11 U.S.C. § 907 (1970). Two of the cases, noted by the Roloffs, that have expressed concern about Decker have done so in the context of considering turnover orders under this section. See In re Colonial Realty Investment Co., 516 F.2d 154 (1st Cir. 1975); In re Cedar Bayou, 456 F.Supp. 278 (W.D.Pa.1978). Although Decker Makes no reference to § 907, that case does not deprive the bankruptcy judge of jurisdiction to issue turnover orders. Such orders are within the specific grants of equitable authority necessary to effectuate the purposes of Chapter XII, and are comparable to stays or injunctions. See In re Flying W. Airways, Inc., 442 F.2d 320, 323 (3d Cir. 1971)
We do not read Colonial Realty to countenance the creation of broad new adjudicatory power to deal with the merits of prior judgments, when no such summary jurisdiction heretofore existed. Moreover, Colonial Realty has itself been criticized as too harsh in its effect on secured creditors. See 3 Cowans, Bankruptcy Law and Practice, § 1055. As for Cedar Bayou, to the extent that that decision acknowledges the existence of such a new jurisdictional reach, it is inconsistent with Decker and the result we reach today.
The importance and existence of these powers is recognized in Decker even as to property over which the court has no summary jurisdiction. In re Decker, 465 F.2d 294, 297 (3d Cir. 1972)
See 11 M. Remington, Bankruptcy § 4358; Peitzman & Smith, The Secured Creditor's Complaint: Relief from the Automatic Stays in Bankruptcy Proceedings, 65 Cal.L.Rev. 1216, 1219-23 (1977)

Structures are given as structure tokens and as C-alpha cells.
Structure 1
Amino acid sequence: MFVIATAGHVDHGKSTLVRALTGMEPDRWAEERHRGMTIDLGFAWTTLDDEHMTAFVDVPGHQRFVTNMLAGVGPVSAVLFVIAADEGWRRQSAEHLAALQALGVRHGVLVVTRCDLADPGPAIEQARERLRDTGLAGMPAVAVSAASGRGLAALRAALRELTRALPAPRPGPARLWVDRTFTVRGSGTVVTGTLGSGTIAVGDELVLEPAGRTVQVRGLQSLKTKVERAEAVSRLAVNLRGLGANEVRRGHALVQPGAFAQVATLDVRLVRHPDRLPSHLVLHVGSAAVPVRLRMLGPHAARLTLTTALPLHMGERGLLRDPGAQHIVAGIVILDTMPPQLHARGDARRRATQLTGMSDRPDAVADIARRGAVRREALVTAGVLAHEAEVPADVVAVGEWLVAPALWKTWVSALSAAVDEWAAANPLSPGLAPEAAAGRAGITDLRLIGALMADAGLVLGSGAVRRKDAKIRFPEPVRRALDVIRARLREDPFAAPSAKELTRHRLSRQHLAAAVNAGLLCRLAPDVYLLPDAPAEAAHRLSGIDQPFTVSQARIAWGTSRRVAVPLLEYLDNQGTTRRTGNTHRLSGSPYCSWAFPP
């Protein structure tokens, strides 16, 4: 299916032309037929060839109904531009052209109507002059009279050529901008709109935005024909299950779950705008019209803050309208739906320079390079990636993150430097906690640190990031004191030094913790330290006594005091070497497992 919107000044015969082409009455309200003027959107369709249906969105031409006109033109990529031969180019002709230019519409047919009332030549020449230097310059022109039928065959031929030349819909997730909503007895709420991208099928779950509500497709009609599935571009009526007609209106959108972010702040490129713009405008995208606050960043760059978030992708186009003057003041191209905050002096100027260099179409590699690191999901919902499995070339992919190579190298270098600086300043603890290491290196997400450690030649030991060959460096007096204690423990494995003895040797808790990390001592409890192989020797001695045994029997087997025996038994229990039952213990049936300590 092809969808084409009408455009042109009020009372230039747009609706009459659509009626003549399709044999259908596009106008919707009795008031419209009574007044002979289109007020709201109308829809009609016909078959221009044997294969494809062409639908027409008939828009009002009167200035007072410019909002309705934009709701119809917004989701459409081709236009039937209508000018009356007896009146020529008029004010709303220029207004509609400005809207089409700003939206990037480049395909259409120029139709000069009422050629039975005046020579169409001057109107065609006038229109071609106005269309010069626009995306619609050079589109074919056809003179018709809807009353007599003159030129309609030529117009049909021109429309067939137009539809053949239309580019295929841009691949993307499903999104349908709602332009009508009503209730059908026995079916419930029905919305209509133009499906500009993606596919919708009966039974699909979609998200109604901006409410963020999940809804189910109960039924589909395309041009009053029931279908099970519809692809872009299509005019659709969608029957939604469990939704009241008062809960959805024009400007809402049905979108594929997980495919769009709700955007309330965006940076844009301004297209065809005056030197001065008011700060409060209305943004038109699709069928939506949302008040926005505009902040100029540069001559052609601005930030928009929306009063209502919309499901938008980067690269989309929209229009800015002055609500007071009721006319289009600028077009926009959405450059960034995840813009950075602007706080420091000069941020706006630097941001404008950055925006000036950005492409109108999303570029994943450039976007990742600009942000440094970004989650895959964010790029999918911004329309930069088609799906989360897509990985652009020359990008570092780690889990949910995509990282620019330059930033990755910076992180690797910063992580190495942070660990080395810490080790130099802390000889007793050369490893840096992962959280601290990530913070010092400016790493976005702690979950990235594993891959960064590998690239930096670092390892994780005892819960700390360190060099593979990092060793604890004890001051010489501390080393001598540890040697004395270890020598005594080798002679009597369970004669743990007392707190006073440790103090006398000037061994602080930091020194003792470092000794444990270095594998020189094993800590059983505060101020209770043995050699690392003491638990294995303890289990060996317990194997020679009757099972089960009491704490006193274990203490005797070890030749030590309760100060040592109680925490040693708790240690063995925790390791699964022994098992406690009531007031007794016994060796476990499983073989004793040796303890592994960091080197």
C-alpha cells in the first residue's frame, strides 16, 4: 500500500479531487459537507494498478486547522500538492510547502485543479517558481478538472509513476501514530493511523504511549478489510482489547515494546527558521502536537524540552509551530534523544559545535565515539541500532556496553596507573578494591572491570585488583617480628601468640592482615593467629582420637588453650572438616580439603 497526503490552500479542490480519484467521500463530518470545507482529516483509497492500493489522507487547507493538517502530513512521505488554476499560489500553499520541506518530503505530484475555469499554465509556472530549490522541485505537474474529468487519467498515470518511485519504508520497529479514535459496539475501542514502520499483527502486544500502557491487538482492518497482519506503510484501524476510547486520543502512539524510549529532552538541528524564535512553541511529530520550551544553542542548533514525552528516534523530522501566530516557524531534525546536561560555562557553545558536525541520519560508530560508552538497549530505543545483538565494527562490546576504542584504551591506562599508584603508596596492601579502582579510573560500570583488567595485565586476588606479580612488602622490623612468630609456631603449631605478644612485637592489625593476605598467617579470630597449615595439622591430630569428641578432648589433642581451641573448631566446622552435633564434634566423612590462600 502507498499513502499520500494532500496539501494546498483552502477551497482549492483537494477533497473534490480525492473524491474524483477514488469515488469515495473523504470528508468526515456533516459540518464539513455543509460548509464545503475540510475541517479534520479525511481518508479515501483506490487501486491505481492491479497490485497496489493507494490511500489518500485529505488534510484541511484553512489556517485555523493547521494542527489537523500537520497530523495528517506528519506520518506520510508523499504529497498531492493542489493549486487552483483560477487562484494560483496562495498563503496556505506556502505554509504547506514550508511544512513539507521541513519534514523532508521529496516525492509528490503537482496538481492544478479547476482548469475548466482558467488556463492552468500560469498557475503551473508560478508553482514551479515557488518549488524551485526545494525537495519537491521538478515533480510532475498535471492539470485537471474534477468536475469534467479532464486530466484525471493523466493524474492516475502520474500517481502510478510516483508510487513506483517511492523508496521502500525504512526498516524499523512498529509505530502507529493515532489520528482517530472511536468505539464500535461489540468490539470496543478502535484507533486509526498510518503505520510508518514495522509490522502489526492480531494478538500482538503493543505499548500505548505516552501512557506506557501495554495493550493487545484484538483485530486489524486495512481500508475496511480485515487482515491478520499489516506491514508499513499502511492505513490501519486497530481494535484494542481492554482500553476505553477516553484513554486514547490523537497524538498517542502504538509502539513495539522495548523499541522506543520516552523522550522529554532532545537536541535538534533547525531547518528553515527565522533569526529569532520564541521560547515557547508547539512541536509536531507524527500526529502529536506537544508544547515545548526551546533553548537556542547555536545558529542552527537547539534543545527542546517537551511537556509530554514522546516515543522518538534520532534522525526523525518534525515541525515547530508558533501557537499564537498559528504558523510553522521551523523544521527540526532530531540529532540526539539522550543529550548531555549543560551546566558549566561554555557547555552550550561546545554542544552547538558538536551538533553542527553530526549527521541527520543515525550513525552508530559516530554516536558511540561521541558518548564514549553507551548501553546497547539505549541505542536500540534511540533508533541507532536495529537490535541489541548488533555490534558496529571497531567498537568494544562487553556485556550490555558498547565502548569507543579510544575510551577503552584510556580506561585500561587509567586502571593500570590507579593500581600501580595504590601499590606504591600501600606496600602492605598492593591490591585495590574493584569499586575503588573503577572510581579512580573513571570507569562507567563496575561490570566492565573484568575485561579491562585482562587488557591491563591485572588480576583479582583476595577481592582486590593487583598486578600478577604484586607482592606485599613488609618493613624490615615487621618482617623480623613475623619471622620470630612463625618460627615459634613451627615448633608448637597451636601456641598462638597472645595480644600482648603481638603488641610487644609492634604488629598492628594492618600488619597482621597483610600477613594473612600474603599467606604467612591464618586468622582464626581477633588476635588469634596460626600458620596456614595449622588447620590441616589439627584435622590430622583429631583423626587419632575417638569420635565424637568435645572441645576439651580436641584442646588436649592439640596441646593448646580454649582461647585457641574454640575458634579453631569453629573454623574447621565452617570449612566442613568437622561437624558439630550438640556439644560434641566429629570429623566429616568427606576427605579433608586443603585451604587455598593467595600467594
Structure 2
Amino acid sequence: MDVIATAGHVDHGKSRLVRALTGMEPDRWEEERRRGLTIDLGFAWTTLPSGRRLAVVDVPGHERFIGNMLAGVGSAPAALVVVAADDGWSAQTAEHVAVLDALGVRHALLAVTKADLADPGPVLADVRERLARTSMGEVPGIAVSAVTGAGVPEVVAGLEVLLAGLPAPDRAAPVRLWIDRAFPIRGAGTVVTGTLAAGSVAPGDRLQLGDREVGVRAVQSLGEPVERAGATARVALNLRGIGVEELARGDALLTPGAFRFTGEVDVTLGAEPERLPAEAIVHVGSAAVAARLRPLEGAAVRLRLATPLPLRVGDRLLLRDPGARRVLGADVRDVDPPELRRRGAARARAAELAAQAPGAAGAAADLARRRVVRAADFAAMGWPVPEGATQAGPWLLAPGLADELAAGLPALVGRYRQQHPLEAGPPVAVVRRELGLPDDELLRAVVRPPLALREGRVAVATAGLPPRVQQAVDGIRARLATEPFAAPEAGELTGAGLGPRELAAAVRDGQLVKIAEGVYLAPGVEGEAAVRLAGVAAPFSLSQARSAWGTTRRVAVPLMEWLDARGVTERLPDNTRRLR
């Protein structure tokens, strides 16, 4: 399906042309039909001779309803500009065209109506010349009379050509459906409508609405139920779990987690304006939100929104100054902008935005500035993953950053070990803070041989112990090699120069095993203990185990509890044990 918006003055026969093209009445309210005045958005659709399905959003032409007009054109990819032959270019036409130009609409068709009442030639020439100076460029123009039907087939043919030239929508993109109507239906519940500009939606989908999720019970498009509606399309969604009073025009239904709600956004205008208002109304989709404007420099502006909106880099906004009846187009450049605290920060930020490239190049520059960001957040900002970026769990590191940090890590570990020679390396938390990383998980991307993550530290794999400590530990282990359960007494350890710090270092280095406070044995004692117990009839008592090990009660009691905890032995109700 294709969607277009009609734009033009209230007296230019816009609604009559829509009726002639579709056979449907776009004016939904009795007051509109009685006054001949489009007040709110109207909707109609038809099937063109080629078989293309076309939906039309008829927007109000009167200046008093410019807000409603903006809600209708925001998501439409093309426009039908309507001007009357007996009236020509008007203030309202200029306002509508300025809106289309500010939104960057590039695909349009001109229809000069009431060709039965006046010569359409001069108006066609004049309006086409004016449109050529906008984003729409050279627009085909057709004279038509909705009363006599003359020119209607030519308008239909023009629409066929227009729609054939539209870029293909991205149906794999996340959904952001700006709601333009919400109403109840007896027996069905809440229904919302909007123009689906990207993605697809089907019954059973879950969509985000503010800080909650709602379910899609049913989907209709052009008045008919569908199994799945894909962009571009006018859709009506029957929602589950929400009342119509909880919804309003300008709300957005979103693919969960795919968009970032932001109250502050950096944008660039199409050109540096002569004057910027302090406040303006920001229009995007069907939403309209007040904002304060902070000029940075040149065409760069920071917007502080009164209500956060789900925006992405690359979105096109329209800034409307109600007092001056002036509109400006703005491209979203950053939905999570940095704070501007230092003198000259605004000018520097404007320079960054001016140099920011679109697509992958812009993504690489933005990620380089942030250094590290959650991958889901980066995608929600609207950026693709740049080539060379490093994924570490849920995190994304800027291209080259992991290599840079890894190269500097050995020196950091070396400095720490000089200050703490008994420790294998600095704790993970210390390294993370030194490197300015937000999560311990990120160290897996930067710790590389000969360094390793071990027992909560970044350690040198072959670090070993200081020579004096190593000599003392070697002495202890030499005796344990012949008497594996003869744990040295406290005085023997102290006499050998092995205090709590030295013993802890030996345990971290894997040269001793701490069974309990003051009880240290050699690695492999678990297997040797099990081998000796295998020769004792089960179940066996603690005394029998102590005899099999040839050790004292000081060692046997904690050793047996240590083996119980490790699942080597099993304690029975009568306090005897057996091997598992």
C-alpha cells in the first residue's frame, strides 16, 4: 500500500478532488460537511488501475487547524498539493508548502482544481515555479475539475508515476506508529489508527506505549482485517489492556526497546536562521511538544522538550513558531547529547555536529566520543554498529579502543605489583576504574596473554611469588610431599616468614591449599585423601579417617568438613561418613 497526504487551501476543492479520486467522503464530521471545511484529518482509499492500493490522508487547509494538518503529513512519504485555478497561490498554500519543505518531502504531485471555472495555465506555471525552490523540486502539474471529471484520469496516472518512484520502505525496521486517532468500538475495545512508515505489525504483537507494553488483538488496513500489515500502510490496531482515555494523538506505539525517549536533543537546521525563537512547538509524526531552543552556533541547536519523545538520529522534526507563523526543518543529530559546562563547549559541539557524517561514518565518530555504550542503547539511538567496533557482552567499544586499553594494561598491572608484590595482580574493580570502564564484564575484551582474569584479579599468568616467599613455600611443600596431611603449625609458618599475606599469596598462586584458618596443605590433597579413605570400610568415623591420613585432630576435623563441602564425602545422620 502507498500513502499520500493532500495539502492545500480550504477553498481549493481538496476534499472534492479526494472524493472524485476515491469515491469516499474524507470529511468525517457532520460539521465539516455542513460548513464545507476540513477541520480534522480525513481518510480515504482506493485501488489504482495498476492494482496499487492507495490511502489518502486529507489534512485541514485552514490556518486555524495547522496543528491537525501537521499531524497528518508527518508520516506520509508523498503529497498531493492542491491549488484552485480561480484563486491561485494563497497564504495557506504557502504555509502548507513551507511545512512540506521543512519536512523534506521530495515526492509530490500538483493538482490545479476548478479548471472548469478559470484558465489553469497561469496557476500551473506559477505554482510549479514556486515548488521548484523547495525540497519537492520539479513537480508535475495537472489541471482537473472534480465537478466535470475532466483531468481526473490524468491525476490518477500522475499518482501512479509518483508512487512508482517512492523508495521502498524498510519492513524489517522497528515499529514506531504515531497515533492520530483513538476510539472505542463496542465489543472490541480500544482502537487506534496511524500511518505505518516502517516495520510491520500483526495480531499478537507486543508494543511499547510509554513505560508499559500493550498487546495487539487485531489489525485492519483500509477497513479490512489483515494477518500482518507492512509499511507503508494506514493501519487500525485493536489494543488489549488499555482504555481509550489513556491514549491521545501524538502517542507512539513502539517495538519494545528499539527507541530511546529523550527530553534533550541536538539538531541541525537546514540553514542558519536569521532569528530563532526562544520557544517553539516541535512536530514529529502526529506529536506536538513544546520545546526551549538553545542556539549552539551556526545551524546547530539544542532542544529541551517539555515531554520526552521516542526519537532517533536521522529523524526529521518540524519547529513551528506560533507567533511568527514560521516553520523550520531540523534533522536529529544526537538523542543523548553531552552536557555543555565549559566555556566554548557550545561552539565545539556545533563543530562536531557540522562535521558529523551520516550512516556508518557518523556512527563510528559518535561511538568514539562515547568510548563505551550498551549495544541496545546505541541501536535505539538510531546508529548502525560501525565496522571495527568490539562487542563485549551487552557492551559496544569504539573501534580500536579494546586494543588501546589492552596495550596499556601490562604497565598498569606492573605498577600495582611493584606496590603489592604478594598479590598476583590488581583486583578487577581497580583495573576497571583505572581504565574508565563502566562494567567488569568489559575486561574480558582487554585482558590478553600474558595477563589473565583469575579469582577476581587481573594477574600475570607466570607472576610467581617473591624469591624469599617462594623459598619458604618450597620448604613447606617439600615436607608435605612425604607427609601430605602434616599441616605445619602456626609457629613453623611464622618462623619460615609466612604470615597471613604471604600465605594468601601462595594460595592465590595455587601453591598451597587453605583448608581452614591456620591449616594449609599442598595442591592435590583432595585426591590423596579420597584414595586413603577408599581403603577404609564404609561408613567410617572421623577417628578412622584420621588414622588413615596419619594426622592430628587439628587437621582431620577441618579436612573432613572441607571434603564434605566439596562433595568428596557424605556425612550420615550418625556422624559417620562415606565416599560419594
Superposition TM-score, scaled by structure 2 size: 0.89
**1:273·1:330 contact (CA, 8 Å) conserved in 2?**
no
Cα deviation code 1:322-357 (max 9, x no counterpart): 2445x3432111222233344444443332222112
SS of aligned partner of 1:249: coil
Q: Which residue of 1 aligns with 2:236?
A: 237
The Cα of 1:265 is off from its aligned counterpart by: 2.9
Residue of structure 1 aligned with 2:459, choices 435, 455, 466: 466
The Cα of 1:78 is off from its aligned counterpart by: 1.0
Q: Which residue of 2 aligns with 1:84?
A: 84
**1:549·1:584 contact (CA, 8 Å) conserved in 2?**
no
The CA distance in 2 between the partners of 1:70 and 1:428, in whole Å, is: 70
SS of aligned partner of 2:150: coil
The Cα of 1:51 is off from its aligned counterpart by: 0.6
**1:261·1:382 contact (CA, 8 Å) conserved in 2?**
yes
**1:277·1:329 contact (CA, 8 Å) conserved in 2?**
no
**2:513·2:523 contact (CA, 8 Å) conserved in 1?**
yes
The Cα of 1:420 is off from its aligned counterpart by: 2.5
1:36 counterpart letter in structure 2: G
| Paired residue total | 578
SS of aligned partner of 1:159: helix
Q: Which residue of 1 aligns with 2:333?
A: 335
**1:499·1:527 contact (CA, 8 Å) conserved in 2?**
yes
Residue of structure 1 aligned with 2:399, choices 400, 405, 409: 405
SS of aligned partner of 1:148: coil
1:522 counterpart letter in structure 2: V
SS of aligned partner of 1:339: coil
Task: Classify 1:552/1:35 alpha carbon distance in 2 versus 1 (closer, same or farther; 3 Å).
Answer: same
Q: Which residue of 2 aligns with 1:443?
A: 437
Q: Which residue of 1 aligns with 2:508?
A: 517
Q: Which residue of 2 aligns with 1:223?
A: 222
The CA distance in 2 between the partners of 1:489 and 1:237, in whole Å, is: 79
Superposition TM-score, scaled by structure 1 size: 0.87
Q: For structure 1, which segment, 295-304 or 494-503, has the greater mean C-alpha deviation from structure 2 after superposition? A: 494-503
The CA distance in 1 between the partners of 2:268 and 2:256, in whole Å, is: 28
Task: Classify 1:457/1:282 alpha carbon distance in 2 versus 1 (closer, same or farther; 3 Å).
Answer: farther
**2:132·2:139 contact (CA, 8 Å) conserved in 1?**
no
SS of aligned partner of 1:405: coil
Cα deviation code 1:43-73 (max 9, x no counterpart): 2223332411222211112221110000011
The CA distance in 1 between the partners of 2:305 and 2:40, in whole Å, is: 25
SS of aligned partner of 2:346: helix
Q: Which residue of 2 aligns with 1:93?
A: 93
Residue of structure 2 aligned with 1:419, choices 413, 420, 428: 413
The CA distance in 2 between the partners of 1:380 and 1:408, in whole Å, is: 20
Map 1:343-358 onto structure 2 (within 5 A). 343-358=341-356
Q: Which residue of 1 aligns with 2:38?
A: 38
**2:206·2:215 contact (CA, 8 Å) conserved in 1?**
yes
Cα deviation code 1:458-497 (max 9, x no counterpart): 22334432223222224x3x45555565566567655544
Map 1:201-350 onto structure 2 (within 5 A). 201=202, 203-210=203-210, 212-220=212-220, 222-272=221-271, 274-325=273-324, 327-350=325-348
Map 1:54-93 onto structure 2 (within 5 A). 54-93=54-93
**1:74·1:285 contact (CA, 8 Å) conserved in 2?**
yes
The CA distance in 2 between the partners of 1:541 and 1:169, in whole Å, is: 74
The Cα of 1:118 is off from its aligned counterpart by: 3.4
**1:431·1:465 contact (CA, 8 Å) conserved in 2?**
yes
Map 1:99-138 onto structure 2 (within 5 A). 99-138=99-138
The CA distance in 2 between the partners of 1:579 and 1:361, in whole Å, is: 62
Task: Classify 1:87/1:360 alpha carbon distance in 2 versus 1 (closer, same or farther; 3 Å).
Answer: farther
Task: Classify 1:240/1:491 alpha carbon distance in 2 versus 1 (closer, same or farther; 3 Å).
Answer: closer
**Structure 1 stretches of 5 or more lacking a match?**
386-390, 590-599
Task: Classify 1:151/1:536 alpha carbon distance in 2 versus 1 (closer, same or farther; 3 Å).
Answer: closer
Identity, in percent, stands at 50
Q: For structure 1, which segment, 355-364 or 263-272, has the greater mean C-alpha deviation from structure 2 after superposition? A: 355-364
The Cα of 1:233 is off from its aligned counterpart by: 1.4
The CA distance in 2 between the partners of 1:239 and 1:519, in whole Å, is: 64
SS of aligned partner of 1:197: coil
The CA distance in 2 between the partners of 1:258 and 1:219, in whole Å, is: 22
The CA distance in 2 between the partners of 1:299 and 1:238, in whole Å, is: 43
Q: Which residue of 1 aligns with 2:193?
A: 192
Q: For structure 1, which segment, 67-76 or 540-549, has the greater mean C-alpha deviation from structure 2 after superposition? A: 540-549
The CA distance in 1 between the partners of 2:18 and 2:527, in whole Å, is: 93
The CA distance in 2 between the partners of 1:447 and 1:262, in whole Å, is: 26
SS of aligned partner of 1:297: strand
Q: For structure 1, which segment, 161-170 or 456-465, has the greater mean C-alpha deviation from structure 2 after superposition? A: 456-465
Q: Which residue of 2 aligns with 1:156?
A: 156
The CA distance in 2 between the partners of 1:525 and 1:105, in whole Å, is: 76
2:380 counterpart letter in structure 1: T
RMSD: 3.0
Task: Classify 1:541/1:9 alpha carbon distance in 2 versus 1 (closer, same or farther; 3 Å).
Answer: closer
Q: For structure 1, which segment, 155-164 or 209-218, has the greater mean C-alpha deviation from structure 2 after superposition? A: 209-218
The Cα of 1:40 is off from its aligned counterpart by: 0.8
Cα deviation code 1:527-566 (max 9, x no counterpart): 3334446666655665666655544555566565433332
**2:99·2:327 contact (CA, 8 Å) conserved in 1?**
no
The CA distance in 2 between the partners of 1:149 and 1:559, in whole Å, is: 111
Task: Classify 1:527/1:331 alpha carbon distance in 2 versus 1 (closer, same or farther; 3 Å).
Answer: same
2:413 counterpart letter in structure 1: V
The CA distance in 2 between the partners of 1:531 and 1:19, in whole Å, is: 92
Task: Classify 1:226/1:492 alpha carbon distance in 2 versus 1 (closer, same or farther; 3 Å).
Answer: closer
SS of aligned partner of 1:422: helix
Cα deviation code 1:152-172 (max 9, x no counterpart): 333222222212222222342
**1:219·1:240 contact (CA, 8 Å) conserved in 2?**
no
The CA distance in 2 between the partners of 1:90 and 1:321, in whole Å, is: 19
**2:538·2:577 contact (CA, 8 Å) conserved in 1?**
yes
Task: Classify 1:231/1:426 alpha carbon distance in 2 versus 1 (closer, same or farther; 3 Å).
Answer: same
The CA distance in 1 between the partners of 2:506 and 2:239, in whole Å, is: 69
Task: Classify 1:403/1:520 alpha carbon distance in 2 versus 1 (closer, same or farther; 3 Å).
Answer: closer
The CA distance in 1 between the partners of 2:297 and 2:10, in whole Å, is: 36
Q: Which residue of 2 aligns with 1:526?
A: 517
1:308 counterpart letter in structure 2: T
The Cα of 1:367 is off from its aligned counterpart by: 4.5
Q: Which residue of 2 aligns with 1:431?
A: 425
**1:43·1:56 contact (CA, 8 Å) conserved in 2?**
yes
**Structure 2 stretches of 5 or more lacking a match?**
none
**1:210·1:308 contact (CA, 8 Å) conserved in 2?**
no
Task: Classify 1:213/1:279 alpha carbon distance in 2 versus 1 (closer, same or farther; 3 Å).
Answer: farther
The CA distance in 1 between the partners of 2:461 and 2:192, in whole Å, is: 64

See Bankruptcy Rules 712 and 713
If the complaint is determined to be a "claim," summary jurisdiction would exist by consent. See Katchen v. Landy, 382 U.S. 323, 86 S.Ct. 467, 15 L.Ed.2d 391 (1966); Appeal of Copeland, 531 F.2d 1195, 1209 (3d Cir. 1976); In re Carnell Construction Corp., 424 F.2d 296, 298 (3d Cir. 1970)
As the district court noted:
Conceptually a petition to vacate a stay imposed by the bankruptcy court is unlike the claim involved in Katchen v. Landy or a petition for reclamation. The latter applications seek affirmative relief from the bankruptcy court; they ask it to turn the debtor's money or property over to the claimant. By their very nature they require the bankruptcy court to decide the merits the validity and amount of the claim. In effect, the bankruptcy court is asked to render judgment for the claimant and to execute the judgment. But an application to vacate a stay is defensive in nature. It does not seek affirmative relief from the bankruptcy court but asks it to remove a bar to the secured creditor's proceeding elsewhere. If the bankruptcy court vacates its stay the secured creditor must litigate his claim elsewhere and if it prevails seek enforcement of its judgment elsewhere.
Slip opinion of the district court at 5.